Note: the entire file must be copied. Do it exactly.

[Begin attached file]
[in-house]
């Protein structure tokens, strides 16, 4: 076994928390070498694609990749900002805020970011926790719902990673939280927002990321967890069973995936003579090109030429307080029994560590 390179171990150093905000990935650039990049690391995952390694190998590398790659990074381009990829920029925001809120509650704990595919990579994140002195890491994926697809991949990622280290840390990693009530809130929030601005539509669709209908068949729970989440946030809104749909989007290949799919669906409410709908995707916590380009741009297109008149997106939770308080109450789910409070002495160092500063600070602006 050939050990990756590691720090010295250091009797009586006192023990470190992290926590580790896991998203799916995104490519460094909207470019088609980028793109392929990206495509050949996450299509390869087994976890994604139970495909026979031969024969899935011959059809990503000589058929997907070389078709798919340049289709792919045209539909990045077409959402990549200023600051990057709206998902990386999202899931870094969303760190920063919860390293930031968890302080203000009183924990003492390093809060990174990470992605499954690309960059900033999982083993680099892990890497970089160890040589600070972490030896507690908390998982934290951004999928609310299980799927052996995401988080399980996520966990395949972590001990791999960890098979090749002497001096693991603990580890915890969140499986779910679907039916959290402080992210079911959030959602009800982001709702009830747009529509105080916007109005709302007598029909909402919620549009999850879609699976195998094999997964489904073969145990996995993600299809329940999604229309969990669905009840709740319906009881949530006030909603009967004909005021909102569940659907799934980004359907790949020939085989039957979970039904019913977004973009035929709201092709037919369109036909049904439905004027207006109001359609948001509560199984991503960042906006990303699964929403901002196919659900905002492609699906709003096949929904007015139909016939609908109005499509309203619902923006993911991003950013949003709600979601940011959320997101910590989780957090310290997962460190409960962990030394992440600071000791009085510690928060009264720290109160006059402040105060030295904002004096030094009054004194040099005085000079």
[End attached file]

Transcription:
[in-house]
């Protein structure tokens, strides 16, 4: 076994928390070498694609990749900002805020970011926790719902990673939280927002990321967890069973995936003579090109030429307080029994560590 390179171990150093905000990935650039990049690391995952390694190998590398790659990074381009990829920029925001809120509650704990595919990579994140002195890491994926697809991949990622280290840390990693009530809130929030601005539509669709209908068949729970989440946030809104749909989007290949799919669906409410709908995707916590380009741009297109008149997106939770308080109450789910409070002495160092500063600070602006 050939050990990756590691720090010295250091009797009586006192023990470190992290926590580790896991998203799916995104490519460094909207470019088609980028793109392929990206495509050949996450299509390869087994976890994604139970495909026979031969024969899935011959059809990503000589058929997907070389078709798919340049289709792919045209539909990045077409959402990549200023600051990057709206998902990386999202899931870094969303760190920063919860390293930031968890302080203000009183924990003492390093809060990174990470992605499954690309960059900033999982083993680099892990890497970089160890040589600070972490030896507690908390998982934290951004999928609310299980799927052996995401988080399980996520966990395949972590001990791999960890098979090749002497001096693991603990580890915890969140499986779910679907039916959290402080992210079911959030959602009800982001709702009830747009529509105080916007109005709302007598029909909402919620549009999850879609699976195998094999997964489904073969145990996995993600299809329940999604229309969990669905009840709740319906009881949530006030909603009967004909005021909102569940659907799934980004359907790949020939085989039957979970039904019913977004973009035929709201092709037919369109036909049904439905004027207006109001359609948001509560199984991503960042906006990303699964929403901002196919659900905002492609699906709003096949929904007015139909016939609908109005499509309203619902923006993911991003950013949003709600979601940011959320997101910590989780957090310290997962460190409960962990030394992440600071000791009085510690928060009264720290109160006059402040105060030295904002004096030094009054004194040099005085000079």